The HTTP Location response header is used to specify the target URL when a page redirect occurs.


The Location response header is used to provide the destination URL when the client receives a HTTP response that includes redirection. The interpretation of the HTTP Location header depends on the HTTP method that was originally used. Several HTTP response status codes will automatically include the HTTP Location header. These include redirection responses, as well as HTTP 201 Created.

The HTTP Location header can specify either a relative or absolute URL.


If the HTTP response is 301 Moved Permanently or 302 Found, then the same HTTP method is to be used for the redirection. However, some older implementations may change the HTTP method.

For HTTP response 303 See Also, the HTTP GET method is used with the new location.

In cases where HTTP responses 307 Temporary Redirect or 308 Permanent Redirect are returned, the same HTTP method used in the original HTTP request will always be used.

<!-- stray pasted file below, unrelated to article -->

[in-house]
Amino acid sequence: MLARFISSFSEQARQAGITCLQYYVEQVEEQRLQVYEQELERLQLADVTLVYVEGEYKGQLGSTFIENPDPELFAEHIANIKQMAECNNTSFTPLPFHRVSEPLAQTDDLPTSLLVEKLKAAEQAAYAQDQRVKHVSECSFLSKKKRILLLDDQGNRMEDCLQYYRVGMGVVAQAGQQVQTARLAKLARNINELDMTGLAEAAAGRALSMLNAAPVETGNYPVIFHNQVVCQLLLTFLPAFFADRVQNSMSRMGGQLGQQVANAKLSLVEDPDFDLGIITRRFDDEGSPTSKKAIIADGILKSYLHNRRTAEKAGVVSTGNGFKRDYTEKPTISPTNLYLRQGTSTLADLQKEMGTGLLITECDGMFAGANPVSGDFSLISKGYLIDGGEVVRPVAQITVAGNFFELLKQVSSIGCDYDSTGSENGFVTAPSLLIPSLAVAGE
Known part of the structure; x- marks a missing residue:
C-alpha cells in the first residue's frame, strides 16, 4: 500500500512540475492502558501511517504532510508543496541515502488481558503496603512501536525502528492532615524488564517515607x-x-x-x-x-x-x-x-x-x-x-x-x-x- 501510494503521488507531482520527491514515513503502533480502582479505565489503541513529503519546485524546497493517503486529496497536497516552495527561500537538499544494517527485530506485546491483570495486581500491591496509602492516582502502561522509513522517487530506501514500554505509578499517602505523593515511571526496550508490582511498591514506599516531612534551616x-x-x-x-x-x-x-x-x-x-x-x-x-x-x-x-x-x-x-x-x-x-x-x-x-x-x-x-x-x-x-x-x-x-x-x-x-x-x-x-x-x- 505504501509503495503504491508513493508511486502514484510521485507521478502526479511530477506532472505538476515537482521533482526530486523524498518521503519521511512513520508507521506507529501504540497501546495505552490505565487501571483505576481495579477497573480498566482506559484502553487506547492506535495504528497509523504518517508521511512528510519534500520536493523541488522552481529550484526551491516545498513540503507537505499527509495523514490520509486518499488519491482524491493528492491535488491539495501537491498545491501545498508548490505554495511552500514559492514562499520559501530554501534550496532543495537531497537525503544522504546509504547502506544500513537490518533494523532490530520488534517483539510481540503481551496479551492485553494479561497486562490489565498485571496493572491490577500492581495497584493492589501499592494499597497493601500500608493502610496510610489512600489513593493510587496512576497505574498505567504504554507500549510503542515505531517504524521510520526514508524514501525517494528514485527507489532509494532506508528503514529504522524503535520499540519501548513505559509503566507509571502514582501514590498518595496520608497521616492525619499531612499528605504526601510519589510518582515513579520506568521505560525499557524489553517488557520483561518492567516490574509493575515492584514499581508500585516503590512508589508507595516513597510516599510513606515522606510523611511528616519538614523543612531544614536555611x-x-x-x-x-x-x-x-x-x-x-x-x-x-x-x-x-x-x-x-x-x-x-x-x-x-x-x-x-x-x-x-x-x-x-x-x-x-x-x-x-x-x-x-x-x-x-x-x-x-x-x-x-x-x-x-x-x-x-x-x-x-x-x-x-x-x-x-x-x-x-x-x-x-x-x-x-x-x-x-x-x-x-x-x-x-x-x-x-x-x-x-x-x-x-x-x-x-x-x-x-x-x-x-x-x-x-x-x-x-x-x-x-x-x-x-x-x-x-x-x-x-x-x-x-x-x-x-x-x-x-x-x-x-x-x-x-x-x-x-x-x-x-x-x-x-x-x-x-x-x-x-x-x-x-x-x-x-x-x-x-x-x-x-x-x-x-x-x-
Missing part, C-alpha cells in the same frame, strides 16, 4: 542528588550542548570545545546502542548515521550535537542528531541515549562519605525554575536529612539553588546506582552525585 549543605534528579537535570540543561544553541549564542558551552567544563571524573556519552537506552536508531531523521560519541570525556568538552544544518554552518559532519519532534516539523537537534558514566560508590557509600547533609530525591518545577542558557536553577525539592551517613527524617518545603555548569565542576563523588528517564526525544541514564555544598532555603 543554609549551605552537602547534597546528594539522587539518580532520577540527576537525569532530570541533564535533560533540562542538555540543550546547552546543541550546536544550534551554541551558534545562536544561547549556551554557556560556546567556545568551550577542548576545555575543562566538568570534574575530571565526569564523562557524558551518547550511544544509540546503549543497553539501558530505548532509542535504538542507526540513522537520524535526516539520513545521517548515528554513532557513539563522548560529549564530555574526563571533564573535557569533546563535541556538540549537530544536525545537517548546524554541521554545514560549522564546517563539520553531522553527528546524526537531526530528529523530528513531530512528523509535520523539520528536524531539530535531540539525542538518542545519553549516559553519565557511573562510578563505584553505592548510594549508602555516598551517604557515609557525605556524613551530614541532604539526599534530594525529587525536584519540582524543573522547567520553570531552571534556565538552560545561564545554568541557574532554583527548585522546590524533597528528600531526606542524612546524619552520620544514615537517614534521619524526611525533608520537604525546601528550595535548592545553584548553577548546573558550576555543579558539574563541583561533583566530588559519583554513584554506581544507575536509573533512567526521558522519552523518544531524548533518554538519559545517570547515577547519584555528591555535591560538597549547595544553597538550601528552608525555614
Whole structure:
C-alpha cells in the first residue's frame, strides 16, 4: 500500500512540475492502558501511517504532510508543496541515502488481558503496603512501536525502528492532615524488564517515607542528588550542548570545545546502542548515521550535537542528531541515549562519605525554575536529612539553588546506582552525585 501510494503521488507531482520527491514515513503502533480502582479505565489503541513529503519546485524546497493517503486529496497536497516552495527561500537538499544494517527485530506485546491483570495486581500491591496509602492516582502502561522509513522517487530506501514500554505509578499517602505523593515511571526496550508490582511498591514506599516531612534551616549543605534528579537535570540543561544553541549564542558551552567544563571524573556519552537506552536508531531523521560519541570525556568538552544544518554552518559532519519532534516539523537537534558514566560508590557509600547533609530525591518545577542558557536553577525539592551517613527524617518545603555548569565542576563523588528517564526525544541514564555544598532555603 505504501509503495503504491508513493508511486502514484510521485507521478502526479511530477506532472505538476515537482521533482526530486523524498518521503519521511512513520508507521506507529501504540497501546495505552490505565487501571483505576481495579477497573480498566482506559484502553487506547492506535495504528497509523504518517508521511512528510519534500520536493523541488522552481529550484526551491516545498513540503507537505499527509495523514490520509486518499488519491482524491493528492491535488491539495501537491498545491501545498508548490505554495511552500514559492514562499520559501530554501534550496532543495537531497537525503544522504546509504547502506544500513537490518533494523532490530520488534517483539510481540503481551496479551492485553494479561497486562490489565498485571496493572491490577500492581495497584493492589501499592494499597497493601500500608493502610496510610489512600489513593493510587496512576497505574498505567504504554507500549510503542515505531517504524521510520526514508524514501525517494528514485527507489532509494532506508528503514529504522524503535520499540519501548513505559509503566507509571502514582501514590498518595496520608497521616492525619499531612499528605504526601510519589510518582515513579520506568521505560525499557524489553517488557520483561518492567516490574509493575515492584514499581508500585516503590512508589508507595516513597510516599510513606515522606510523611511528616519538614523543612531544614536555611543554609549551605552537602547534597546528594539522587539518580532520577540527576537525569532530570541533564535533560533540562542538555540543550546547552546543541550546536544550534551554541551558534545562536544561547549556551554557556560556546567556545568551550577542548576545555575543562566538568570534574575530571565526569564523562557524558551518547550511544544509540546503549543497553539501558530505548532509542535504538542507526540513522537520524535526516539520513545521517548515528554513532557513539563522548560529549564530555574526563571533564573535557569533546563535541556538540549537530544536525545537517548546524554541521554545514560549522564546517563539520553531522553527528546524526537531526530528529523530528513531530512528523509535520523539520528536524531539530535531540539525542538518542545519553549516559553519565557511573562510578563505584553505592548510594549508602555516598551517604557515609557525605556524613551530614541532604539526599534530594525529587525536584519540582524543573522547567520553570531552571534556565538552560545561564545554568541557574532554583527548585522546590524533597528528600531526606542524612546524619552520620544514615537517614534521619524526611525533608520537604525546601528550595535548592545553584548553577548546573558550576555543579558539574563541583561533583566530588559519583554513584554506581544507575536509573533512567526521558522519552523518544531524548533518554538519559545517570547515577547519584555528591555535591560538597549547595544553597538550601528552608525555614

Resource Creation

When a new resource is created and HTTP status 201 Created is returned, the HTTP Location header will point to the new resource.


There is a difference between the HTTP Location header and HTTP Content-Location header. The former indicates the URL of the newly created resource, whereas Content-Location contains the direct URL that is used during the Content Negotiation phase. Specifically, Location is related to the HTTP response, and Content-Location is related to the entity that was returned to the client.


In the example, the server responds to the HTTP GET request to the origin of example.re with the 302 Found redirect status code and a new URL in the HTTP Location header for the client to request next:


HTTP/1.1 302 Found
Location: https://example.re/


The HTTP Location header is used to inform the client of where to find the resource either after a redirection or the creation of new content.

See also

Last updated: August 2, 2023